The program was buried in a stack of old programs in a box at the IMS memorabilia show the day before the 500 this past May. I was thinking of collecting Indy 500 programs for all the races beginning the year I was born. Hard for some of you to believe, but cars were invented before I was born.
My plan was to begin with the programs from 1953 to 1956, the programs covering the Bill Vukovich era. The programs on top were pre World War II, and the prices were quite high. I dug through the stack and found this 1954 edition in a sheet protector. There was no price label attached. I asked the vendor how much it was. She looked it over and said, ” $20″, at least one third the price of the others I saw. I paid quickly and walked away before she could change her mind.
1954 is the appropriate year to begin my collection quest for several reasons. It was the first year I was fully aware of the race. 1953 was the first year I heard any of the race on the radio. I was six at the time. I wanted to learn more about it. Bill Vukovich won the race and became my first racing hero. The program recapped the 1953 race and previewed the upcoming event.
To put the 1954 race in perspective:
It was the third year of the IMS Radio Network.
This would be the ninth race under Tony Hulman’s ownership.
The 1954 500 was the eighth race Tom Carnegie handled the PA full time.
AAA was the sanctioning body. USAC would not exist for two more years.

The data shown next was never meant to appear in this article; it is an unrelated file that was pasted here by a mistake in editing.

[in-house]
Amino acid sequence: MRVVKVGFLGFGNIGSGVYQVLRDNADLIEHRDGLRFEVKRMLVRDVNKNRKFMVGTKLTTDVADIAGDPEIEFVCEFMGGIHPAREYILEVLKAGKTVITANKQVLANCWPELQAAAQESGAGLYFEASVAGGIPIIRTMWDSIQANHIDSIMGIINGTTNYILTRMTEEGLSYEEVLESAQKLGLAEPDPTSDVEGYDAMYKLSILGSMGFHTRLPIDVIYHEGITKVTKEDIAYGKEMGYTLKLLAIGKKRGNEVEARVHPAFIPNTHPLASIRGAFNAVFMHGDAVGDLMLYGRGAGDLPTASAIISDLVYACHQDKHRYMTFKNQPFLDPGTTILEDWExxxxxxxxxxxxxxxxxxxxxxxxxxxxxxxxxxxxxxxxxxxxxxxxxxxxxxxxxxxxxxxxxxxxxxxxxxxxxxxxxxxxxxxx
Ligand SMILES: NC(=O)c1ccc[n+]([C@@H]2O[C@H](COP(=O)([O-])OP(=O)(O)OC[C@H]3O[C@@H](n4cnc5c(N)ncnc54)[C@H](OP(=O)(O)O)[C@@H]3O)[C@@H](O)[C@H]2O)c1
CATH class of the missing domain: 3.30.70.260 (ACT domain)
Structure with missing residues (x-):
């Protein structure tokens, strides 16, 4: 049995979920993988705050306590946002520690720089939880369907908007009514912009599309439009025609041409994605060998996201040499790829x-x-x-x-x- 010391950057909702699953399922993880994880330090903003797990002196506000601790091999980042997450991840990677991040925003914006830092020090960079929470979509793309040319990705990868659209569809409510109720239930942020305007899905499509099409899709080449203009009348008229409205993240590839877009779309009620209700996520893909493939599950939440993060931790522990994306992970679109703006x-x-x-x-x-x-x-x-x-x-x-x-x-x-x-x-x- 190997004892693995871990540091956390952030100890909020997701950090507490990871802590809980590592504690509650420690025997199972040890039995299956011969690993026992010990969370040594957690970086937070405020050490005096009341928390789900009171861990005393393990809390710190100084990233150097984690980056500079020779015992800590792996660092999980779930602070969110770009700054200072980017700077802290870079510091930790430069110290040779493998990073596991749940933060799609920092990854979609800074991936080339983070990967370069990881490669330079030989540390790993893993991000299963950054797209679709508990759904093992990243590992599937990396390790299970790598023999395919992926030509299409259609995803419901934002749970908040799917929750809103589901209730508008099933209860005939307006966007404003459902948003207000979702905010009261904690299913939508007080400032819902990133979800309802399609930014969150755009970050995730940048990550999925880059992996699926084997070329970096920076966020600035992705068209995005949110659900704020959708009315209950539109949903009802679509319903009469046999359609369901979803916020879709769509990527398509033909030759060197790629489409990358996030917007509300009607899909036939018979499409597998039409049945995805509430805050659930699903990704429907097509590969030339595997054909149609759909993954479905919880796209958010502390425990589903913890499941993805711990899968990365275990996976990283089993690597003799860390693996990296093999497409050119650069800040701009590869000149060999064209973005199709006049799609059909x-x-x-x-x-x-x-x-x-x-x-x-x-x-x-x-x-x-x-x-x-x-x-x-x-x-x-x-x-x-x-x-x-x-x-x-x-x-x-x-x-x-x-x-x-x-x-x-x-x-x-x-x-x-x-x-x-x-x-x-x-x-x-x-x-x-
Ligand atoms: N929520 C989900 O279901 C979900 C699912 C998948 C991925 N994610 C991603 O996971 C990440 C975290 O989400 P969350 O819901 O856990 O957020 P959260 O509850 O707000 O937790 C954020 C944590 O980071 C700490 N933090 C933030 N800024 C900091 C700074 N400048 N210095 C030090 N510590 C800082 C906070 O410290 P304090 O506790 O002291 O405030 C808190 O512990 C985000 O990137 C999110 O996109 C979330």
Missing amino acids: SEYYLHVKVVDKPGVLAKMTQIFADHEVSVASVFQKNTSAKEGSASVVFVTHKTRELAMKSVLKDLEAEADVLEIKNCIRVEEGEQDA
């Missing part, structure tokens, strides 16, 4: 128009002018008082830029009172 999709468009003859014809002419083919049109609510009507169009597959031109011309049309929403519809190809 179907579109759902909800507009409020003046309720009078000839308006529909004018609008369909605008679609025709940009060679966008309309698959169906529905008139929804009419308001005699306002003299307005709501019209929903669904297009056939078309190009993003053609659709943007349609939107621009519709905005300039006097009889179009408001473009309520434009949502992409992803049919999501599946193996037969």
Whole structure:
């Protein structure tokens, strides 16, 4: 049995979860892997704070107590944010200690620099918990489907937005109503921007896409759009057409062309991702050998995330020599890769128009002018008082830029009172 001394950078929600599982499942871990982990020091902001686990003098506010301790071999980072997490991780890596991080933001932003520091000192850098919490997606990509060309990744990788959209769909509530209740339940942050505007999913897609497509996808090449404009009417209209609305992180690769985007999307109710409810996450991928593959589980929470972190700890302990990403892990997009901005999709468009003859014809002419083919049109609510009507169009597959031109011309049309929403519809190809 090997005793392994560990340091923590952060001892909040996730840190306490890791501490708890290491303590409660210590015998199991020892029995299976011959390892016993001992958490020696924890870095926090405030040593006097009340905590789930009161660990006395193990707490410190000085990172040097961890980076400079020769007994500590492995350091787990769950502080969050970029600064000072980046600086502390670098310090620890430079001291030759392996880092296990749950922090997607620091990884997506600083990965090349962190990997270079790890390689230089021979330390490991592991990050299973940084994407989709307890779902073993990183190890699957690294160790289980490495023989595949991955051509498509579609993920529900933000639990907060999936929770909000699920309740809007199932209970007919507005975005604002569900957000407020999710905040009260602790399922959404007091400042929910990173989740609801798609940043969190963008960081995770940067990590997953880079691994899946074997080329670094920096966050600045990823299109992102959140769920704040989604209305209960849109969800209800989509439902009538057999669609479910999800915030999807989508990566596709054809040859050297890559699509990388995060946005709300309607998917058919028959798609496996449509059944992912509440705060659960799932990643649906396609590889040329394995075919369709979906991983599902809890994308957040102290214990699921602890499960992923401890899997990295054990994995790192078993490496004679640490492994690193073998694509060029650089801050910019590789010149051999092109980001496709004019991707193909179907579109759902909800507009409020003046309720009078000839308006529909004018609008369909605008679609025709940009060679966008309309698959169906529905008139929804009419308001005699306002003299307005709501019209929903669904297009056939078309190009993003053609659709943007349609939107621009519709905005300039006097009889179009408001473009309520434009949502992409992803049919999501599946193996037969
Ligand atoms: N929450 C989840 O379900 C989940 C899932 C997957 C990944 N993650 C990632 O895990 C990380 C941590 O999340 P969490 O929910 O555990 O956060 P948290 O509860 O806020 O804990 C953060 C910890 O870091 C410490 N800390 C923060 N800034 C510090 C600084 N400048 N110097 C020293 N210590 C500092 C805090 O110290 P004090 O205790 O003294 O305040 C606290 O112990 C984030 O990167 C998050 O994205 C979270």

There was a nice bonus inside when I first opened the program. The starting lineup sheet for the race fell out. The original owner wrote some notes on it during the race. Pole sitter Jack McGrath led the first lap with a speed of 132.004 mph. The average speed of the race at 200 miles was 134.225.
The pre-race schedule was shorter and simpler in 1954. The race started at 10. The schedule lists just the National Anthem, a salute to soldiers who died in battle, and “Back Home Again in Indiana” sung by James Melton. This all completed by 9:35. Then the cars are gridded. Following a series of aerial bombs, the Dodge pace car leads the field on the ONE pace lap before the start. The command to start engines was not listed as part of the schedule.
Guaranteed first place money was $20,000. Drivers also received money from the equipment companies for using their products. Lap leaders got $150 for each lap lead. n 1953, Vukovich collected more than $89,000 for winning. Guaranteed money for 10th place? $1,750. I can’t imagine what last place got.
The ads in the program feature many companies and products that no longer exist such as Eastern Airlines, Mercury, Oldsmobile, Belond Exhaust Systems, Pure gasoline, and RCA.
Bill Vukovich won the race for the second straight year. Jimmy Bryan was second, Jack McGrath came home third, and Duane Carter finished fourth. Vukovich started 19th; the others in the top 4 started in the top 8, McGrath and Bryan on the front row. The winner led 90 laps, the fewest he had led in the last three races.
The following year was the year auto racing nearly ended. In practice for the 500, popular driver Manny Ayulo was killed. In the race, Vukovich died in accident while leading after a great duel with McGrath early in the race. McGrath would die in a sprint car wreck at the end of the year. These deaths, coupled with the 83 spectator deaths at LeMans in June, nearly led to a worldwide ban on the sport.
AAA decided they were done sanctioning racing after 1955. Tony Hulman formed the Untied States Auto Club to sanction races and keep the sport going.
I wish both my readers a Happy Thanksgiving. I’ll be back next week with thoughts on the news that broke last Friday and other Silly Season ramblings.